I am pleased to welcome Nicholas A. Christakis, MD, PhD, MPH, is an internist and social scientist who conducts research on social factors that affect health, health care, and longevity. He is Professor of Medical Sociology in the Department of Health Care Policy at Harvard Medical School; Professor of Medicine in the Department of Medicine at Harvard Medical School; and Professor of Sociology in the Department of Sociology in the Harvard Faculty of Arts and Sciences. He is the Master of Pforzheimer House in Harvard College.
Dr. Christakis’ lab is currently focused on the relationship between social networks and health. People are inter-connected, and so their health is inter-connected. This research engages two types of phenomena: the social, mathematical, and biological rules governing how social networks form (“connection”) and the biological and social implications of how they operate to influence thoughts, feelings, and behaviors (“contagion”). Other ongoing investigations in the lab consider the effects of neighborhoods on people’s health, the biodemographic determinants of longevity, the widowhood effect (“dying of a broken heart”), and the genetic bases for human behaviors.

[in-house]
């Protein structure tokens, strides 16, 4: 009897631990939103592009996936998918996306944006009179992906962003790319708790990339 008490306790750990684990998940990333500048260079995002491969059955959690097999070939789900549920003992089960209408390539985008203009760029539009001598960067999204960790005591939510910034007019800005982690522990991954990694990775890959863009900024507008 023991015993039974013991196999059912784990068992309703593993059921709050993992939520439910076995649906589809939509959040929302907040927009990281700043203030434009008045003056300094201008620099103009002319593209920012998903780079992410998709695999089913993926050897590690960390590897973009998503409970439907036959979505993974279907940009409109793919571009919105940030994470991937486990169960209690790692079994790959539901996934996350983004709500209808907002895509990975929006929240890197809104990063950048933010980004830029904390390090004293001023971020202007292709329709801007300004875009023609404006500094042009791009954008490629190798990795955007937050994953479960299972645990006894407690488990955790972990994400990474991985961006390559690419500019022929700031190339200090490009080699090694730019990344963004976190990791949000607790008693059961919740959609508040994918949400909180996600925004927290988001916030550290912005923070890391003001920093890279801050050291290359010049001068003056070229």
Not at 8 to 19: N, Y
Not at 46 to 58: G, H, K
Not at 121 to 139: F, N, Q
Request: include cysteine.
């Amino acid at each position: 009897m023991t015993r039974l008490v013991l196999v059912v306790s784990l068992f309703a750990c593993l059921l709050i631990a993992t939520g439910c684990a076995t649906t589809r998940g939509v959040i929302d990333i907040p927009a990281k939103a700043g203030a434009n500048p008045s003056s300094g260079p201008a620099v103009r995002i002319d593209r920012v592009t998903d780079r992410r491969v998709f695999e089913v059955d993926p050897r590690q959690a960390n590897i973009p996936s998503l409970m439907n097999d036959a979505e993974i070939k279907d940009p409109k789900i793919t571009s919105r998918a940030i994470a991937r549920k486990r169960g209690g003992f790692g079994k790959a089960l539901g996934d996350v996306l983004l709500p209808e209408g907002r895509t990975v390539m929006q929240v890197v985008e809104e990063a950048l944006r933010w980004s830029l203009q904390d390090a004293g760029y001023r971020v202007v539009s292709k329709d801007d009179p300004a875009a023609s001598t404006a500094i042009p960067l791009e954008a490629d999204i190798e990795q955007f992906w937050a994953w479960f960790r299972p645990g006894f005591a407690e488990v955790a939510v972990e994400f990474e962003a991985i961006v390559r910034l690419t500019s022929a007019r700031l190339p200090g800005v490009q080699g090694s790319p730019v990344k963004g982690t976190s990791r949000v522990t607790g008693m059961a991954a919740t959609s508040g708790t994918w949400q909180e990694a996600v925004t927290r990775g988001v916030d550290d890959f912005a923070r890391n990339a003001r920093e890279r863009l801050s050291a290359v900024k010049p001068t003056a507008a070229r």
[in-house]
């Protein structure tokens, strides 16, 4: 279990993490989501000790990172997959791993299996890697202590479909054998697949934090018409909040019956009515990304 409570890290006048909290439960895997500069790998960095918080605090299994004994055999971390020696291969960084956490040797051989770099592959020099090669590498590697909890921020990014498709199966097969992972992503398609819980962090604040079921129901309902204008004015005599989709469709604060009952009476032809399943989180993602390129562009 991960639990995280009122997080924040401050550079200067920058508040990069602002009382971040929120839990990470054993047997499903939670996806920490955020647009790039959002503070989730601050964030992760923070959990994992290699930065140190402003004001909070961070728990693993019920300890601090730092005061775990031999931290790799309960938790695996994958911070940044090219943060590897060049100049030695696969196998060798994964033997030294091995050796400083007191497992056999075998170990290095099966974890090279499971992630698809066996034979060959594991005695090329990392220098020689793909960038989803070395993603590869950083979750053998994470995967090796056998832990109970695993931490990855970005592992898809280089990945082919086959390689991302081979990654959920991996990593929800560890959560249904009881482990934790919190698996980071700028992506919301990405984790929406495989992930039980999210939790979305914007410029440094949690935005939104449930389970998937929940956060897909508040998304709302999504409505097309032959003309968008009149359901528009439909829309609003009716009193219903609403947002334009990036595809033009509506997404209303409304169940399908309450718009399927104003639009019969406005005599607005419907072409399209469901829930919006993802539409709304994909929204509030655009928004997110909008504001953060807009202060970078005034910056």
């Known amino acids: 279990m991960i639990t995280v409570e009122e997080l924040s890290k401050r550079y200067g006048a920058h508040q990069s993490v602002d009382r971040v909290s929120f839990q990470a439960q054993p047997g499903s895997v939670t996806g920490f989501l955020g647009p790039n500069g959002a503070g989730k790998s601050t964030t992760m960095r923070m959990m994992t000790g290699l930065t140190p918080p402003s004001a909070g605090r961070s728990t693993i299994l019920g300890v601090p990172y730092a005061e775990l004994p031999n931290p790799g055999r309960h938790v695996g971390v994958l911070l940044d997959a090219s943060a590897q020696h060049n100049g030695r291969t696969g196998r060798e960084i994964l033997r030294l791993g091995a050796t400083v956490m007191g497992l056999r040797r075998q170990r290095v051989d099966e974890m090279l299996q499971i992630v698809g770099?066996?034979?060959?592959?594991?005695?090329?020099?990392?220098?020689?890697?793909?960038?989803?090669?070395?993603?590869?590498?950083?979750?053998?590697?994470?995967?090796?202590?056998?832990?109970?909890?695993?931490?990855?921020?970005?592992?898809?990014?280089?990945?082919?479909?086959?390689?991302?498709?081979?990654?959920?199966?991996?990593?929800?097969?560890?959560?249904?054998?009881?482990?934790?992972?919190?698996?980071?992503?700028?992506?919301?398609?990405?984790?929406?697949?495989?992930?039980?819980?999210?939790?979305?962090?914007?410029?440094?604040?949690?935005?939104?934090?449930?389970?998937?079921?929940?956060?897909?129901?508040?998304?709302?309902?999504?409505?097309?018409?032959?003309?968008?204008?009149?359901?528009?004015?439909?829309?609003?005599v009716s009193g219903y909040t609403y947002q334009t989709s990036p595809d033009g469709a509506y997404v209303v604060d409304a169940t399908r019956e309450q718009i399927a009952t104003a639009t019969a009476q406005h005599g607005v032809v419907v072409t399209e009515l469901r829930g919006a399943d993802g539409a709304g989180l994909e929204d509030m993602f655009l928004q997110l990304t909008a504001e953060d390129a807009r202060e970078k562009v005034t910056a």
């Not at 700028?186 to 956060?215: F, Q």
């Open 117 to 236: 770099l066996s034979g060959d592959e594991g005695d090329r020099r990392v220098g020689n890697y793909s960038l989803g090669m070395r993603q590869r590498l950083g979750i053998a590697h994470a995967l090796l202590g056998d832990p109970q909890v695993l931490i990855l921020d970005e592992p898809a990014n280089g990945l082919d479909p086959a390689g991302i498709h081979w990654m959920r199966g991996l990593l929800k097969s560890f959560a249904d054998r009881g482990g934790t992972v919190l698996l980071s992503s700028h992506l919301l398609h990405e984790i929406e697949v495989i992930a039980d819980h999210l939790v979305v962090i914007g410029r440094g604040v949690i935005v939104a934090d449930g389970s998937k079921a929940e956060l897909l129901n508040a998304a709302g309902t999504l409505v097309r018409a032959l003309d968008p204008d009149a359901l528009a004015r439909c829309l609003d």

Along with his long-time collaborator, James Fowler, Dr. Christakis has authored a general-audience book on social networks: Connected: The Surprising Power of Our Social Networks and How They Shape Our Lives, which has been translated into nearly twenty foreign languages.